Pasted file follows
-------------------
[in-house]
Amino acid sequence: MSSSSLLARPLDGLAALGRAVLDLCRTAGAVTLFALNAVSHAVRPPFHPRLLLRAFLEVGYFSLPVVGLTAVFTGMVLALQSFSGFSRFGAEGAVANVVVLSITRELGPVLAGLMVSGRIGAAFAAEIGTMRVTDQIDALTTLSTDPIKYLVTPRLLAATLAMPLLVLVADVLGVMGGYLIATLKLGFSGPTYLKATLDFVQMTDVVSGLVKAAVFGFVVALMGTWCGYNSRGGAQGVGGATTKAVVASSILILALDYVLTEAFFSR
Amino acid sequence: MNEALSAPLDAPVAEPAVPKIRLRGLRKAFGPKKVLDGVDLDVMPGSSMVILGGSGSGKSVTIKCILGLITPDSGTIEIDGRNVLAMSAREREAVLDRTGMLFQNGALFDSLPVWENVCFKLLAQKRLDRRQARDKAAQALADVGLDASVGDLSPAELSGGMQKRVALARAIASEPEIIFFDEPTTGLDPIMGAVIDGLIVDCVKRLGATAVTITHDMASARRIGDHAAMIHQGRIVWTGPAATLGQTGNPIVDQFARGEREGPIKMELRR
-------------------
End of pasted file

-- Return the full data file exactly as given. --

[in-house]
Amino acid sequence: MSSSSLLARPLDGLAALGRAVLDLCRTAGAVTLFALNAVSHAVRPPFHPRLLLRAFLEVGYFSLPVVGLTAVFTGMVLALQSFSGFSRFGAEGAVANVVVLSITRELGPVLAGLMVSGRIGAAFAAEIGTMRVTDQIDALTTLSTDPIKYLVTPRLLAATLAMPLLVLVADVLGVMGGYLIATLKLGFSGPTYLKATLDFVQMTDVVSGLVKAAVFGFVVALMGTWCGYNSRGGAQGVGGATTKAVVASSILILALDYVLTEAFFSR
Amino acid sequence: MNEALSAPLDAPVAEPAVPKIRLRGLRKAFGPKKVLDGVDLDVMPGSSMVILGGSGSGKSVTIKCILGLITPDSGTIEIDGRNVLAMSAREREAVLDRTGMLFQNGALFDSLPVWENVCFKLLAQKRLDRRQARDKAAQALADVGLDASVGDLSPAELSGGMQKRVALARAIASEPEIIFFDEPTTGLDPIMGAVIDGLIVDCVKRLGATAVTITHDMASARRIGDHAAMIHQGRIVWTGPAATLGQTGNPIVDQFARGEREGPIKMELRR